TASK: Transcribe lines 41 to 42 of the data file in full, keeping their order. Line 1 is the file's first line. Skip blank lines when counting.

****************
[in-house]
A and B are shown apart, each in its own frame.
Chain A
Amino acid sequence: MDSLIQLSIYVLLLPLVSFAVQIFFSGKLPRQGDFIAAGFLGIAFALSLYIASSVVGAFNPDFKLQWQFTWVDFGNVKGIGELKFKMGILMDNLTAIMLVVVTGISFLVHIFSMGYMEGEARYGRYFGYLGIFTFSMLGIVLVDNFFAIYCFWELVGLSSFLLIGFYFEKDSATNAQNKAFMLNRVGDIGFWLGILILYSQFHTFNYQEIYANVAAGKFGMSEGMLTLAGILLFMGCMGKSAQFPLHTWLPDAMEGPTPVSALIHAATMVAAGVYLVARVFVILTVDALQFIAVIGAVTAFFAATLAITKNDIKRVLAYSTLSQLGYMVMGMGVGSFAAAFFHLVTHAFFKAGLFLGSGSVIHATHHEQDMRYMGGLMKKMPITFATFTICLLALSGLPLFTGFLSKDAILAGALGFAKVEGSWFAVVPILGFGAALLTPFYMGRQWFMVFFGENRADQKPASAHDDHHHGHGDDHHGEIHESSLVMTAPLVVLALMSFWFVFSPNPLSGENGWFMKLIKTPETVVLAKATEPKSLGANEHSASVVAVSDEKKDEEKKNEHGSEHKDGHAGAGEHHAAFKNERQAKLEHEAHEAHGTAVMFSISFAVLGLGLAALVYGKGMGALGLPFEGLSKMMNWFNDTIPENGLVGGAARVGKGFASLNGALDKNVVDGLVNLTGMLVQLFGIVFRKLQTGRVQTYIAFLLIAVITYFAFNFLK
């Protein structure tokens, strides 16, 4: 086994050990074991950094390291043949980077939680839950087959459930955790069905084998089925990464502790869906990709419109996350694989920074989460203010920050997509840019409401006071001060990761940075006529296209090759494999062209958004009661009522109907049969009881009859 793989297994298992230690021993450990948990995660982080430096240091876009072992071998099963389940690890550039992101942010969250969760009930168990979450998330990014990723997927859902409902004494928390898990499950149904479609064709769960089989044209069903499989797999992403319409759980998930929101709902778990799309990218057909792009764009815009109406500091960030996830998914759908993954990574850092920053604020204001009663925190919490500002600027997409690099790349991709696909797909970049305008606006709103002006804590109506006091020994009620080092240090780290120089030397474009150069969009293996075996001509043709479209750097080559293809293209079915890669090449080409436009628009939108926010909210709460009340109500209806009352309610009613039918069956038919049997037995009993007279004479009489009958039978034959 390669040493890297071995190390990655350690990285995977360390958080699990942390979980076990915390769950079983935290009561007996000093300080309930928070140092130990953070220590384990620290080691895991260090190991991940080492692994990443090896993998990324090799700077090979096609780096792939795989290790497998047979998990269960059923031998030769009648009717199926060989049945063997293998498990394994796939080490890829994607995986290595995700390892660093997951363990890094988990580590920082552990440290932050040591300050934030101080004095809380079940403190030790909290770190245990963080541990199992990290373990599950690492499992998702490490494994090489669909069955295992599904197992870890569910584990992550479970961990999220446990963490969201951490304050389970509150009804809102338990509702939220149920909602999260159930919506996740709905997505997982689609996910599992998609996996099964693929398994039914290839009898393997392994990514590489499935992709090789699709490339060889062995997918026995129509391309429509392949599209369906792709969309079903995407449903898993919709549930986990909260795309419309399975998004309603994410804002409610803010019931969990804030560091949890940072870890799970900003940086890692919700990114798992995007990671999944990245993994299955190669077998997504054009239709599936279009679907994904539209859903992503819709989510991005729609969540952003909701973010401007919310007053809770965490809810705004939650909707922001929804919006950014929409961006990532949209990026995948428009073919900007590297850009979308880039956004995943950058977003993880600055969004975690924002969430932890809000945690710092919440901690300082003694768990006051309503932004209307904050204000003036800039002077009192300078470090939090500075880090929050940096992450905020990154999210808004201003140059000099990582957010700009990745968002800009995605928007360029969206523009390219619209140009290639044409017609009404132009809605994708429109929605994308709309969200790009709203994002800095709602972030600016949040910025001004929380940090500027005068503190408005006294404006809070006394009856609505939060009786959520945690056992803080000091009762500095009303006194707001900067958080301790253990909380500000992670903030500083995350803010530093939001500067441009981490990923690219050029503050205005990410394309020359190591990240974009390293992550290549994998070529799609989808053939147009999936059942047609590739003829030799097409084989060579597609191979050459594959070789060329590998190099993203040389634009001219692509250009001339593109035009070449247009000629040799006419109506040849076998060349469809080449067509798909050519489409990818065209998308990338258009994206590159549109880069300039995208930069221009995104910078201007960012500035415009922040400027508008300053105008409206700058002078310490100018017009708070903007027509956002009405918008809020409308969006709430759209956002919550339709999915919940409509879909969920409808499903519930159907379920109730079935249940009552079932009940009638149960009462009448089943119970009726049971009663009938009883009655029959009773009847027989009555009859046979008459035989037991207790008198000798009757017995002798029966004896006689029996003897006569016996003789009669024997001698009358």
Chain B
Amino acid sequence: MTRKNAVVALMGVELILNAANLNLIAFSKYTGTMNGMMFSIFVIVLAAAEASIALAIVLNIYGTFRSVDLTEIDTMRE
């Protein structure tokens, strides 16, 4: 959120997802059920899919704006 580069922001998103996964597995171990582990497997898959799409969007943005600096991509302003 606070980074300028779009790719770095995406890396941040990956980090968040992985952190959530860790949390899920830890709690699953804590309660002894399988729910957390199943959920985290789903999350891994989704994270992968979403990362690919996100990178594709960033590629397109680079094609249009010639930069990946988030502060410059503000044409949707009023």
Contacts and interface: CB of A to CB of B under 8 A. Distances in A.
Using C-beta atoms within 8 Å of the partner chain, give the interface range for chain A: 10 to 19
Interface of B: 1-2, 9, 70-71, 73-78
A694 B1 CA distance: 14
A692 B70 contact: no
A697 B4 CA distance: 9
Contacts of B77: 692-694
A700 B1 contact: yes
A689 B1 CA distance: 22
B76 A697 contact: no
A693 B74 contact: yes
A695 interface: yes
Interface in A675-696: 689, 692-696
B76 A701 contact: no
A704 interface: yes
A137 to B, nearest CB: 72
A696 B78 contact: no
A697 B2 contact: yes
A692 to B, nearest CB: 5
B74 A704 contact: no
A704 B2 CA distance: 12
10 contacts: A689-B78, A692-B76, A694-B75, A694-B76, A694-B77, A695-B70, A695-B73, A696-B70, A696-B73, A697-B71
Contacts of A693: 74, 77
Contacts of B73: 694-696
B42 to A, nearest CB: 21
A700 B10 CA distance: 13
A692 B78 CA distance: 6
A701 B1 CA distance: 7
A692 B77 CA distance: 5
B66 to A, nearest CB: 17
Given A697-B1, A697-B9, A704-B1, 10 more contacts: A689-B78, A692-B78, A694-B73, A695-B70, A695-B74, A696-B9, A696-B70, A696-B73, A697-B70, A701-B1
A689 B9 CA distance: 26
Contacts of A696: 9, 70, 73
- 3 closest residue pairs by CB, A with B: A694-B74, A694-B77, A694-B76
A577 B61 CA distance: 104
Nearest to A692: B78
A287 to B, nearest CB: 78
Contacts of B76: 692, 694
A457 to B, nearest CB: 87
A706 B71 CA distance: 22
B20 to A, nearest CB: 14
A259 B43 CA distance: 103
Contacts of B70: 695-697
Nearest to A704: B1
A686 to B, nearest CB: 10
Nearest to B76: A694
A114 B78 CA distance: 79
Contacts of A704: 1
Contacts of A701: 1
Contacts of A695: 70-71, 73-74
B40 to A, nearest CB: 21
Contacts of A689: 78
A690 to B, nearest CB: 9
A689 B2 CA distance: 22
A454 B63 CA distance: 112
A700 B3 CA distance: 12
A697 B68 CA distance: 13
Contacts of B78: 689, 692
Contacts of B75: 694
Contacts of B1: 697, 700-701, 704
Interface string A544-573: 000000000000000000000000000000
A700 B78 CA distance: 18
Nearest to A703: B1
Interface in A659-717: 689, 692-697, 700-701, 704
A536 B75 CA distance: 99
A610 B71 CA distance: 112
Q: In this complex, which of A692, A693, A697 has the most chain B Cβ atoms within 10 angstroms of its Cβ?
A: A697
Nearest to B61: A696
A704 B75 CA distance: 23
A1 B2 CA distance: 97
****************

Contacts of A696: 9, 70, 73
- 3 closest residue pairs by CB, A with B: A694-B74, A694-B77, A694-B76